In an unprecedented move in the history of the country's economic management, the Ministry of Finance (MOF) has proposed to present the 2006 budget statement to parliament in the last week of November this year.
It is the hope of the MOF that if the proposed objective is realized, parliament would subsequently get next year's budget passed before December 25, 2005.
This intended significant innovation in the economic management of the nation's economy was announced by the sector minister, Hon. Kwadwo Baah Wiredu, at the launch of the 2005 manual on economic reporting in Accra yesterday.
The move, which is in accordance with Article 179 of the 1992 constitution, will be, as pointed out by the minister, "another achievement in our efforts at improving economic governance in the country."
The minister further pointed out that to ensure that the government stayed within its approved budget, he instituted a periodic cabinet review on the implementation of the 2005 budget. The first of these review meetings was held in April while others had been billed July 23 and October 22.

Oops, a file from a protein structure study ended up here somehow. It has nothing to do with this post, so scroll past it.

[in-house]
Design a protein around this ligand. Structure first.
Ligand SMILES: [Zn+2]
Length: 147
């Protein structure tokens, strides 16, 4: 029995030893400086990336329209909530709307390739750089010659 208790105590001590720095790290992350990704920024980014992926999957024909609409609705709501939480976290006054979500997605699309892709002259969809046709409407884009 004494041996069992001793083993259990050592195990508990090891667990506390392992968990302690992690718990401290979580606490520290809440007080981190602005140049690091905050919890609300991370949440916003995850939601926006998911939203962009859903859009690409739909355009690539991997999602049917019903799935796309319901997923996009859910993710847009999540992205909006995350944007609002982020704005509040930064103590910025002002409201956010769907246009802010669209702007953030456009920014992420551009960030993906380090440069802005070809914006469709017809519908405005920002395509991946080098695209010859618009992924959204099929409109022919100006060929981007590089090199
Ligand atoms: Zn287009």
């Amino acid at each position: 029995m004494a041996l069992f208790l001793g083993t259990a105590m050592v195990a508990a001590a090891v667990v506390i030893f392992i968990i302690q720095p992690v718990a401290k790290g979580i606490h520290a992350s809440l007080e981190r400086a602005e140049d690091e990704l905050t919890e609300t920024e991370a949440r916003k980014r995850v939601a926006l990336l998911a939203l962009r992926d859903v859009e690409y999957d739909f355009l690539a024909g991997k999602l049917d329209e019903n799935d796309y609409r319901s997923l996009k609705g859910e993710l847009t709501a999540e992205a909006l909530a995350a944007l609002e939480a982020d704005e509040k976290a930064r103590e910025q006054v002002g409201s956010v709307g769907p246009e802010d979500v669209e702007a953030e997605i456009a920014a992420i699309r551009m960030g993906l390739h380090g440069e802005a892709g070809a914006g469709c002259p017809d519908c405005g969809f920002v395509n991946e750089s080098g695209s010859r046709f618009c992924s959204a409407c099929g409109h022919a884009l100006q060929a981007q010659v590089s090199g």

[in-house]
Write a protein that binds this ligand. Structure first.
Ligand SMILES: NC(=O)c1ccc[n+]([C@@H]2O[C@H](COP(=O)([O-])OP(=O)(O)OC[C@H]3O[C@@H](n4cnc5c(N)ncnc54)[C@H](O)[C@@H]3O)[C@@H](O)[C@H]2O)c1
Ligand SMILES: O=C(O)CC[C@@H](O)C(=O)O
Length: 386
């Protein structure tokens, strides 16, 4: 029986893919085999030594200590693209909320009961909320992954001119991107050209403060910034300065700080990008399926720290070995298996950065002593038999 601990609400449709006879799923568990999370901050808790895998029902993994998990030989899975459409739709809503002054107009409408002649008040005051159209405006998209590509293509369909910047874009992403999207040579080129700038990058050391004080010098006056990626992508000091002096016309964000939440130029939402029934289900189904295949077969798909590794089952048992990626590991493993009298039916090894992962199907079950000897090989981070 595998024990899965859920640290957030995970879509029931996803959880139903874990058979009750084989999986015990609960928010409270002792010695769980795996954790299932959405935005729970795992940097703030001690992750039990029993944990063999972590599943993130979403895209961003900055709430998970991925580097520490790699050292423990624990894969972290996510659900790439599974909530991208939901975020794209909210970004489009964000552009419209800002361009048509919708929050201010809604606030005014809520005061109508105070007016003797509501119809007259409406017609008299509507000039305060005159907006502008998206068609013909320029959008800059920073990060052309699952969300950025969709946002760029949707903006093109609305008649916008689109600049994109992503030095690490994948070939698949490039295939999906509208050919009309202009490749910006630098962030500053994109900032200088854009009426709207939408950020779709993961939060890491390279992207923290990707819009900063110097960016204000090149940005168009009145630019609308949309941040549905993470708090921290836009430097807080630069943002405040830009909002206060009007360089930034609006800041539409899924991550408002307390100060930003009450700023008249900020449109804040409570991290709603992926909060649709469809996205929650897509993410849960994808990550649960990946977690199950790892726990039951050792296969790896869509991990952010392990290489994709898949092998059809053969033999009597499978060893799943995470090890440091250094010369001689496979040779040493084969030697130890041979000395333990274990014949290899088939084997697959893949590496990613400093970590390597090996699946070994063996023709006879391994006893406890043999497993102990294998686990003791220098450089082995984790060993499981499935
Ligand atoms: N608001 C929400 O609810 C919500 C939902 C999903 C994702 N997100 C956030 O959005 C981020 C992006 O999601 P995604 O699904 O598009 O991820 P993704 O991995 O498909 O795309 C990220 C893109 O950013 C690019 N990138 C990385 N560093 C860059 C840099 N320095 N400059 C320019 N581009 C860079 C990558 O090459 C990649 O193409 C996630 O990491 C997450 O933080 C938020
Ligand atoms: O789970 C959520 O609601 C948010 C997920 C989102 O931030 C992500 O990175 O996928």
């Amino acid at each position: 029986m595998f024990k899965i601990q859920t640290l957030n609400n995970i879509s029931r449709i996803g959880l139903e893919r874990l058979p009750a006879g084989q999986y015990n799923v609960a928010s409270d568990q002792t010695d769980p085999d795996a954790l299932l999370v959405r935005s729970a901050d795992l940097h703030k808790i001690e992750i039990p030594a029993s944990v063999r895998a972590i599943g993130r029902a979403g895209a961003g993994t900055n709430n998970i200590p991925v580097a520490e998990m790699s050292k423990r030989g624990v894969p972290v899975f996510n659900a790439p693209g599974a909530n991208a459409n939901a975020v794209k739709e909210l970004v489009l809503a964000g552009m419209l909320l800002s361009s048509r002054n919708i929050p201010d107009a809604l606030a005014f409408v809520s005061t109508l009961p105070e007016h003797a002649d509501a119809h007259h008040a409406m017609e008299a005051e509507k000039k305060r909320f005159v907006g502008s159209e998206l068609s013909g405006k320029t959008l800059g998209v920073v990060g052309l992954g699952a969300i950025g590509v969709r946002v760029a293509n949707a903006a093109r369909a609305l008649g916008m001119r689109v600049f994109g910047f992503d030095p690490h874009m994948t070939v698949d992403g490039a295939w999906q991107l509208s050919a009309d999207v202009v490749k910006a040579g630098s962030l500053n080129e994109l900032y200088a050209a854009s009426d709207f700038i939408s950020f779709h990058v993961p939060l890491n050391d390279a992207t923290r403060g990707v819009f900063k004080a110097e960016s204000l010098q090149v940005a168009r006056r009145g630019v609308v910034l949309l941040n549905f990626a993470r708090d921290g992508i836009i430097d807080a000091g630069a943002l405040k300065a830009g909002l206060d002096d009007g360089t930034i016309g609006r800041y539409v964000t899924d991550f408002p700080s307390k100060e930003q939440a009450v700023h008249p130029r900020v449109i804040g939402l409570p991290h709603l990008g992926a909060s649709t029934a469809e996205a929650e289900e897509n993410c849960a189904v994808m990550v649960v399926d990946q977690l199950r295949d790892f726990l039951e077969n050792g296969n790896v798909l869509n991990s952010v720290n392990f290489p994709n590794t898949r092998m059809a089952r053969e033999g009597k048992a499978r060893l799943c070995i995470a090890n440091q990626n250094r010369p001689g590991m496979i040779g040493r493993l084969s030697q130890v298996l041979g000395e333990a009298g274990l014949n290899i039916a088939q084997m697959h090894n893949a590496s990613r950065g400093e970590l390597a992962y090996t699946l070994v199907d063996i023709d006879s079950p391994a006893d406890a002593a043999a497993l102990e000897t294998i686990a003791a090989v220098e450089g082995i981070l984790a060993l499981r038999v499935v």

Touching on other core sectors of the economy, the minister expressed worry over the recent hikes in the prices of crude oil which he said was currently hovering around $60 a barrel.
He observed that at the time of preparing last year's budget, the experts forecasting on the world economic outlook estimated a scenario averaging about $42 per barrel for 2005.
"You will appreciate that with the current prices hovering around $60 per barrel, it is a nightmare being at the helm of managing the economy. It is being projected that at this current price, we will need about $500 million additional resources to manage our crude oil imports bills," Baah Wiredu lamented.
The current price hike in world crude prices according to the minister, would therefore affect the country's foreign exchange reserves as the oil marketing companies and Tema Oil Refinery will require more foreign exchange cover to bring in the needed imports.
Hon. Baah Wiredu noted, in relation to the recent proposal by the G-8 Ministers of Finance to provide relief on multilateral debt owed to the IMF, World Bank and the African Development Bank, that the total relief for the country would only be known during and after the G-8 summit in Scotland and Washington D.C. this summer.
He however, said no matter the quantum of the relief, the nation stands to gain a lot from the offer.